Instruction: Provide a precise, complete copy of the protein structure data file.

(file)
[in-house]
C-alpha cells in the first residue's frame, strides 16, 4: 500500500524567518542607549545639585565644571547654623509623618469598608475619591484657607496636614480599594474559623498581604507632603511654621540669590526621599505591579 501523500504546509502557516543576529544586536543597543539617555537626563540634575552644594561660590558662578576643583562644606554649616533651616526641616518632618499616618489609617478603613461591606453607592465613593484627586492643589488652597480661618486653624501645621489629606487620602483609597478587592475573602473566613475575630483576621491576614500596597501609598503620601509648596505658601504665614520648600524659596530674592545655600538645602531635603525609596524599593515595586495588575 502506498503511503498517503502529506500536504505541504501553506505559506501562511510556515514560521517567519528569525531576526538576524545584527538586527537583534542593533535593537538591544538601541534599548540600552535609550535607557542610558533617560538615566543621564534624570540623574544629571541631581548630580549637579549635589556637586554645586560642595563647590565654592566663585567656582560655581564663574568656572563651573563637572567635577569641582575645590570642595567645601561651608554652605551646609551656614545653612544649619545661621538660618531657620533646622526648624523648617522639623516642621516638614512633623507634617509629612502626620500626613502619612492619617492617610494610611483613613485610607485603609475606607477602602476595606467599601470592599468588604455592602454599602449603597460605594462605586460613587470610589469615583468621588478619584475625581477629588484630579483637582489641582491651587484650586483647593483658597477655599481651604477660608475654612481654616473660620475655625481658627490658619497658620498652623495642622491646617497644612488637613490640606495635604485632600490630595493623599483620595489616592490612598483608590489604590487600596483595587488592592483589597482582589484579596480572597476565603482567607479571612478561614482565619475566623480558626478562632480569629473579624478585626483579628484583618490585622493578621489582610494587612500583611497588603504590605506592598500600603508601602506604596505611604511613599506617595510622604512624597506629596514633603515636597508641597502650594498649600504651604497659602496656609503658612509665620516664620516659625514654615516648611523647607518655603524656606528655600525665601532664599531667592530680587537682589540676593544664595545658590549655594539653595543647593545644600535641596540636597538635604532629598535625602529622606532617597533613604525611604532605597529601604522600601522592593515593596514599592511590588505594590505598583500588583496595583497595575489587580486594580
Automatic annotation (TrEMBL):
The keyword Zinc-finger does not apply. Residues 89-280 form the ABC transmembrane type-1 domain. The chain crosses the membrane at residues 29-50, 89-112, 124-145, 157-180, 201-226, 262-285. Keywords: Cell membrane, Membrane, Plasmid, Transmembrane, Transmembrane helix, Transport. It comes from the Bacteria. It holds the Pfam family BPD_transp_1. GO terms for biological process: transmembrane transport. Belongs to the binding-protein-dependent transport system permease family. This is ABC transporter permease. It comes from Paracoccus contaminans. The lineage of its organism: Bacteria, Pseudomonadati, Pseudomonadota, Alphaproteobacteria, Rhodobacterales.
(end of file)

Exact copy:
[in-house]
C-alpha cells in the first residue's frame, strides 16, 4: 500500500524567518542607549545639585565644571547654623509623618469598608475619591484657607496636614480599594474559623498581604507632603511654621540669590526621599505591579 501523500504546509502557516543576529544586536543597543539617555537626563540634575552644594561660590558662578576643583562644606554649616533651616526641616518632618499616618489609617478603613461591606453607592465613593484627586492643589488652597480661618486653624501645621489629606487620602483609597478587592475573602473566613475575630483576621491576614500596597501609598503620601509648596505658601504665614520648600524659596530674592545655600538645602531635603525609596524599593515595586495588575 502506498503511503498517503502529506500536504505541504501553506505559506501562511510556515514560521517567519528569525531576526538576524545584527538586527537583534542593533535593537538591544538601541534599548540600552535609550535607557542610558533617560538615566543621564534624570540623574544629571541631581548630580549637579549635589556637586554645586560642595563647590565654592566663585567656582560655581564663574568656572563651573563637572567635577569641582575645590570642595567645601561651608554652605551646609551656614545653612544649619545661621538660618531657620533646622526648624523648617522639623516642621516638614512633623507634617509629612502626620500626613502619612492619617492617610494610611483613613485610607485603609475606607477602602476595606467599601470592599468588604455592602454599602449603597460605594462605586460613587470610589469615583468621588478619584475625581477629588484630579483637582489641582491651587484650586483647593483658597477655599481651604477660608475654612481654616473660620475655625481658627490658619497658620498652623495642622491646617497644612488637613490640606495635604485632600490630595493623599483620595489616592490612598483608590489604590487600596483595587488592592483589597482582589484579596480572597476565603482567607479571612478561614482565619475566623480558626478562632480569629473579624478585626483579628484583618490585622493578621489582610494587612500583611497588603504590605506592598500600603508601602506604596505611604511613599506617595510622604512624597506629596514633603515636597508641597502650594498649600504651604497659602496656609503658612509665620516664620516659625514654615516648611523647607518655603524656606528655600525665601532664599531667592530680587537682589540676593544664595545658590549655594539653595543647593545644600535641596540636597538635604532629598535625602529622606532617597533613604525611604532605597529601604522600601522592593515593596514599592511590588505594590505598583500588583496595583497595575489587580486594580
Automatic annotation (TrEMBL):
The keyword Zinc-finger does not apply. Residues 89-280 form the ABC transmembrane type-1 domain. The chain crosses the membrane at residues 29-50, 89-112, 124-145, 157-180, 201-226, 262-285. Keywords: Cell membrane, Membrane, Plasmid, Transmembrane, Transmembrane helix, Transport. It comes from the Bacteria. It holds the Pfam family BPD_transp_1. GO terms for biological process: transmembrane transport. Belongs to the binding-protein-dependent transport system permease family. This is ABC transporter permease. It comes from Paracoccus contaminans. The lineage of its organism: Bacteria, Pseudomonadati, Pseudomonadota, Alphaproteobacteria, Rhodobacterales.